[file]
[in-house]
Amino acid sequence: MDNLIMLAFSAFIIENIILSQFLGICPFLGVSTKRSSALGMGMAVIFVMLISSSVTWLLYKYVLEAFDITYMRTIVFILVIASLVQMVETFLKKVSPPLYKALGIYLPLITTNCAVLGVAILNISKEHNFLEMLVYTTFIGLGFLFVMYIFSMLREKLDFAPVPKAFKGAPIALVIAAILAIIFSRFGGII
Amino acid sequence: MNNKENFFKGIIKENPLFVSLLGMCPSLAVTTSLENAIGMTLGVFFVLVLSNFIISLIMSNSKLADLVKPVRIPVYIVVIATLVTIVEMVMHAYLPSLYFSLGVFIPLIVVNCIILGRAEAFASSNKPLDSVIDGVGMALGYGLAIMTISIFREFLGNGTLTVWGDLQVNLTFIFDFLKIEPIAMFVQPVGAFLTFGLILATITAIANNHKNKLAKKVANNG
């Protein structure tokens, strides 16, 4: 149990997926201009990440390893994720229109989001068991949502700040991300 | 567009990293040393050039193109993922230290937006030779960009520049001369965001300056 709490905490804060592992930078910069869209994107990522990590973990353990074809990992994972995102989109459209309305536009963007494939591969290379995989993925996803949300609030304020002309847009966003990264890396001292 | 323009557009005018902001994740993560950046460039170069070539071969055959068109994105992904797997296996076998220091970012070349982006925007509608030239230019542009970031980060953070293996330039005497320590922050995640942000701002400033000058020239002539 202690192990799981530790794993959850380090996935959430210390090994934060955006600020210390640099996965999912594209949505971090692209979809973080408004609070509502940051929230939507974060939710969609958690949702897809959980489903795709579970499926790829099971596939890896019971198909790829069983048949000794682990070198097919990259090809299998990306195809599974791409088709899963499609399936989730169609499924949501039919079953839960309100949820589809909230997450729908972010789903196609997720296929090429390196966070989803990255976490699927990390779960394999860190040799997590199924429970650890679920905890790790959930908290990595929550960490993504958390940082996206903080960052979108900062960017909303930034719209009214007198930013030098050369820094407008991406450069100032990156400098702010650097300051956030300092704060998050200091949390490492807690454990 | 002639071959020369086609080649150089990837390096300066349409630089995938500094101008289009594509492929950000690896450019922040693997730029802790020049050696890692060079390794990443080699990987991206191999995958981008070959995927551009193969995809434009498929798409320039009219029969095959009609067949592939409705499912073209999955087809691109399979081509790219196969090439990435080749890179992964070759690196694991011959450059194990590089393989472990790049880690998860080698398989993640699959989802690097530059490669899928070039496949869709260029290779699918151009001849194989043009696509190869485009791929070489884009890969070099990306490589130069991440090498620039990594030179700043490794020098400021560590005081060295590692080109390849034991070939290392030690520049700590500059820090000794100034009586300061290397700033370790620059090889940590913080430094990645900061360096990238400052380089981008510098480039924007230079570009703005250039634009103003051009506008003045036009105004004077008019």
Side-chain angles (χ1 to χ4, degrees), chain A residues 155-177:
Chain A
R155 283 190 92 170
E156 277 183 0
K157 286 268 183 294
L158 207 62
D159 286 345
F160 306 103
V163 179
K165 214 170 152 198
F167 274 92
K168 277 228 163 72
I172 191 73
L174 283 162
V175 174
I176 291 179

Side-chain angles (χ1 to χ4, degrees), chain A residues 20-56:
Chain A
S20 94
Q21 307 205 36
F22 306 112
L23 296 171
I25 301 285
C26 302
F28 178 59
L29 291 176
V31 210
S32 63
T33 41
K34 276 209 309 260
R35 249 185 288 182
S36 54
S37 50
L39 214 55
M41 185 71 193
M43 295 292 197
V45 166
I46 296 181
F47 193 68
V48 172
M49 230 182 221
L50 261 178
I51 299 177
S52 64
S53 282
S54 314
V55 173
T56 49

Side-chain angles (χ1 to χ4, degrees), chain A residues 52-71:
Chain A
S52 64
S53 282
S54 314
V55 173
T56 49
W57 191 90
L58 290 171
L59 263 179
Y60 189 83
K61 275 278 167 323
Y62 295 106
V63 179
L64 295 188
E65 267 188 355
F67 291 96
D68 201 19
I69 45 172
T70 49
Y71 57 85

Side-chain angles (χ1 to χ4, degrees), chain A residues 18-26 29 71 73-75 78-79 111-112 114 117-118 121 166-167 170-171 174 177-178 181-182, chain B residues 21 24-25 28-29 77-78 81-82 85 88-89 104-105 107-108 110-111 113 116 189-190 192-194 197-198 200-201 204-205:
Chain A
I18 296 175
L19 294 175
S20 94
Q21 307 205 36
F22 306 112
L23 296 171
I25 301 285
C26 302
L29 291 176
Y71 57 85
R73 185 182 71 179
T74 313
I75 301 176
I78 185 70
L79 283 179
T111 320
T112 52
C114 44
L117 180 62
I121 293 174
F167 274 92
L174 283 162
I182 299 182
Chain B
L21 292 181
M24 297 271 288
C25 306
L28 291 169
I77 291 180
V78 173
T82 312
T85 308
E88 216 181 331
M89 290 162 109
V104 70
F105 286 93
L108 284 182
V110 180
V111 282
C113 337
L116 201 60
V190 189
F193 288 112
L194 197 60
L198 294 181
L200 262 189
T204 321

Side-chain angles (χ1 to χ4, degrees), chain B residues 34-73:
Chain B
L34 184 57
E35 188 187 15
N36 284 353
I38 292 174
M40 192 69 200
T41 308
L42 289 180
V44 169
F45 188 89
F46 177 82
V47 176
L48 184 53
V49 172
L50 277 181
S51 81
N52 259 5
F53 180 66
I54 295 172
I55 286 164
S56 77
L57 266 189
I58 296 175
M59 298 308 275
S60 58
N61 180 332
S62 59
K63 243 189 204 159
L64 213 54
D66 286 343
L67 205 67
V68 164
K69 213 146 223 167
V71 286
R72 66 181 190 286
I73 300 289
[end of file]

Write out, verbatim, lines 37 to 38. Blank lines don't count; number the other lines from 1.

S37 50
L39 214 55